MIRACLE LANDING is a 1990 CBS TV-movie depicting the true story of Aloha Airlines Flight 243. I watched the film when it first aired and found it very engrossing, and when I stumbled across it on YouTube today I was glad to have the opportunity to watch it again.
Although the airline's name was changed for the movie from Aloha to Paradise and some details were dramatized, for the most part this is a straightforward, factual account of the disaster which occurred aboard a Boeing 737 island hopping from Hilo to Honolulu. A section of the fuselage tore off when the plane was at 10,000 feet, instantly killing one flight attendant.
As the film's title implies, the plane was miraculously able to land in Maui due to the skill of pilot Bob Schornstheimer, played by Wayne Rogers, and copilot Mimi Tompkins, portrayed by Connie Sellecca. I really enjoyed watching Rogers' and Sellecca's depiction of a pair of amazing professionals who managed to keep their wits under the most bizarre conditions imaginable, moving through checklists and trouble-shooting as they work the situation.
Equally gripping is the story of flight attendant Michelle Honda (Ana-Alicia). The only one of the cabin crew uninjured in the disaster, she was forced to put aside the trauma of the loss of her coworker C.B. Lansing (Nancy Kwan) to help the passengers and injured flight attendant. She performed heroically at great personal risk, crawling through the plane with its exposed ceiling in order to calm the passengers, helping them to put on life jackets and follow safety procedures to the extent they could.
Looking at the plane after it landed, with its roof torn off, it's hard to believe all of the passengers exposed to the elements during the flight survived. A personal note: My dad happened to travel to Hawaii shortly after the incident and saw the damaged plane when it was still parked at the airport.
The excellent primary cast is rounded off by Jay Thomas as the Maui flight controller and James Cromwell, who has two scenes as a flight simulator instructor.
A couple of minor characters, including an obnoxious FBI man at the end of the film, are overdone caricatures, but the lead actors are all low-key and feel much more authentic.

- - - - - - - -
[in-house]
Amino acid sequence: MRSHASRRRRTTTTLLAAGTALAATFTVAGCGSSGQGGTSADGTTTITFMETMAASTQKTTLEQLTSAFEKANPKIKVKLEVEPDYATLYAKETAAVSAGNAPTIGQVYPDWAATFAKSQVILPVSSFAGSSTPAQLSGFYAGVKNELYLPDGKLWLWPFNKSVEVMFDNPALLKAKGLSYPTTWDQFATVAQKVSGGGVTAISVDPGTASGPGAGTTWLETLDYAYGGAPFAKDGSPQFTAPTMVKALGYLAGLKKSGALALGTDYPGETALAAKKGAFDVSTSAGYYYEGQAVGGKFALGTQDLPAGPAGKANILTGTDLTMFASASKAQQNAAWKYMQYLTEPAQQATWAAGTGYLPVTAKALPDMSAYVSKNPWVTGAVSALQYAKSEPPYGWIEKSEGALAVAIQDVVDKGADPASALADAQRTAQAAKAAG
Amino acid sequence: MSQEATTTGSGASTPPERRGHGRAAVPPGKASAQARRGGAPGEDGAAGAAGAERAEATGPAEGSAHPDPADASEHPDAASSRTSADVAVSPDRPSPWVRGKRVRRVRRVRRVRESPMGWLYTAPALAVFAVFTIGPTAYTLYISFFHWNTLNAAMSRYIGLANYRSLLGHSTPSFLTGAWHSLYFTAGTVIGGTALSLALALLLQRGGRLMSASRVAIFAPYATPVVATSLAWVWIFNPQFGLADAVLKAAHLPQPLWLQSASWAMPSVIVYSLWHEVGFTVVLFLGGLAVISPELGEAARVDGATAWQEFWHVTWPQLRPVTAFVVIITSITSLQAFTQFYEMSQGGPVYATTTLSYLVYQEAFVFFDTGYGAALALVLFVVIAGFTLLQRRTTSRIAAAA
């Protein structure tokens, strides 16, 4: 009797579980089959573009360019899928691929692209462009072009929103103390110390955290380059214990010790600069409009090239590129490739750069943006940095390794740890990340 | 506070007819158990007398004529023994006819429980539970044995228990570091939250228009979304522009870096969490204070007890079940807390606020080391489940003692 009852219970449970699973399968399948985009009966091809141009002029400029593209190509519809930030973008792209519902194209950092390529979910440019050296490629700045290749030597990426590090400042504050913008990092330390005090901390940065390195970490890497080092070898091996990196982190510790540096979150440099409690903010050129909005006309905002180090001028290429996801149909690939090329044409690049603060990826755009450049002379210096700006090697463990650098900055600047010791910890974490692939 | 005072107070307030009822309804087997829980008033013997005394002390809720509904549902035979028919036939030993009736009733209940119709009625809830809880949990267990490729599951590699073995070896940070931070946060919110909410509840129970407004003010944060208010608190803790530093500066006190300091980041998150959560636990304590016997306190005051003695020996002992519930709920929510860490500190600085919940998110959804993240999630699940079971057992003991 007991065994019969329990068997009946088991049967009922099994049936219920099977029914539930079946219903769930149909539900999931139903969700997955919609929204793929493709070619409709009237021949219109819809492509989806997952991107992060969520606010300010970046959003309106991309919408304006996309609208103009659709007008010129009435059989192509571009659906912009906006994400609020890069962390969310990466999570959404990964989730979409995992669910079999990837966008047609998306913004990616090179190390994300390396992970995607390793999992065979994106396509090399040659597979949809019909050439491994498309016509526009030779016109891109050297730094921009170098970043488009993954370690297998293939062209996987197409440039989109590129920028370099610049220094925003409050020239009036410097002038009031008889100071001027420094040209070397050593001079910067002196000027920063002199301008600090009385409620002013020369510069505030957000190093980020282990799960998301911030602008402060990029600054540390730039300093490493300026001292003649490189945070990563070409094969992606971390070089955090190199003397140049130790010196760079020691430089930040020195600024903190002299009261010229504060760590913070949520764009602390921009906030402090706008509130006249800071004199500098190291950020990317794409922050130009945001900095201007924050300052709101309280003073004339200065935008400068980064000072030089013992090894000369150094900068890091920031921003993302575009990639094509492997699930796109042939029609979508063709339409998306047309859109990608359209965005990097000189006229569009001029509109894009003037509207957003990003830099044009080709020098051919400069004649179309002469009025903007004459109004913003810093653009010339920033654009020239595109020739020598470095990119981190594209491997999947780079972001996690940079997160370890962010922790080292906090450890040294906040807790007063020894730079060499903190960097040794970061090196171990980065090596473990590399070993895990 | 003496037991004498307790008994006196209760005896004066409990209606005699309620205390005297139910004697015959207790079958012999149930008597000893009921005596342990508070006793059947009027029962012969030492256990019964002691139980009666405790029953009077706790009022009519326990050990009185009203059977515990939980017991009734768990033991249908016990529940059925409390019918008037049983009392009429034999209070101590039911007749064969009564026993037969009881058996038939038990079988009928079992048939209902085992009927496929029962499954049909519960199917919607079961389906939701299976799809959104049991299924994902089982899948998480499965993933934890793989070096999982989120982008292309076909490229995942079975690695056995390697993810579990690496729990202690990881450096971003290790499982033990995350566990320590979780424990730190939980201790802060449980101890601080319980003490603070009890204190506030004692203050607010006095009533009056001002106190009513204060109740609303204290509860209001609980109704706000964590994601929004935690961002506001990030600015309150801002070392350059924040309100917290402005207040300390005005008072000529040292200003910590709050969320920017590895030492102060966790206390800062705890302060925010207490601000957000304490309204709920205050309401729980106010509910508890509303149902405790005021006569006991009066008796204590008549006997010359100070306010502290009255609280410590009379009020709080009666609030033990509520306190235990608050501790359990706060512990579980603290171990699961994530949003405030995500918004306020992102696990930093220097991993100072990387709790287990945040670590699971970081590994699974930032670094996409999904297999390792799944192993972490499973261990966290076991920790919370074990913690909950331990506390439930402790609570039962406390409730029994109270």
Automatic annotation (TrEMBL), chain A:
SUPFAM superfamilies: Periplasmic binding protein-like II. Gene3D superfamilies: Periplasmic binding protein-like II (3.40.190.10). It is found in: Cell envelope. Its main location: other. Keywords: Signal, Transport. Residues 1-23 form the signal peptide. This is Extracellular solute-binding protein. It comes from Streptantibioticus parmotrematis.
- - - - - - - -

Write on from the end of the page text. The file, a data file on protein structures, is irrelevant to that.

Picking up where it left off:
I've always particularly enjoyed the lead actresses in the film, Connie Sellecca and Ana-Alicia. Sellecca starred in THE GREATEST AMERICAN HERO and HOTEL, while Ana-Alicia played the most fascinating character in the great cast of the '80s show FALCON CREST. I had the opportunity to meet her briefly early in that show's run and found her very nice and friendly, nothing at all like FALCON CREST's calculating Melissa! Sellecca still acts occasionally -- the upcoming ALL ABOUT CHRISTMAS EVE (2012) is her first film in three years -- while Ana-Alicia retired to raise her children. I came across an interview she gave a couple years ago; she looks great and at that time indicated she might resume acting.
MIRACLE LANDING was directed by Dick Lowry, who continues to direct today, most recently the JESSE STONE entry INNOCENTS LOST (2011). He also directed the very good Hallmark Christmas film SILVER BELLS (2005). He had previously directed Ana-Alicia in COWARD OF THE COUNTY (1981), a TV-movie I recall enjoying; I was amazed to discover that one is available on DVD and look forward to seeing it again. COWARD OF THE COUNTY is available via Netflix.
The MIRACLE LANDING print currently on YouTube was for the most part quite watchable, although long shots in particular lacked sharpness.
Another review of this film can be found AirOdyssey.net.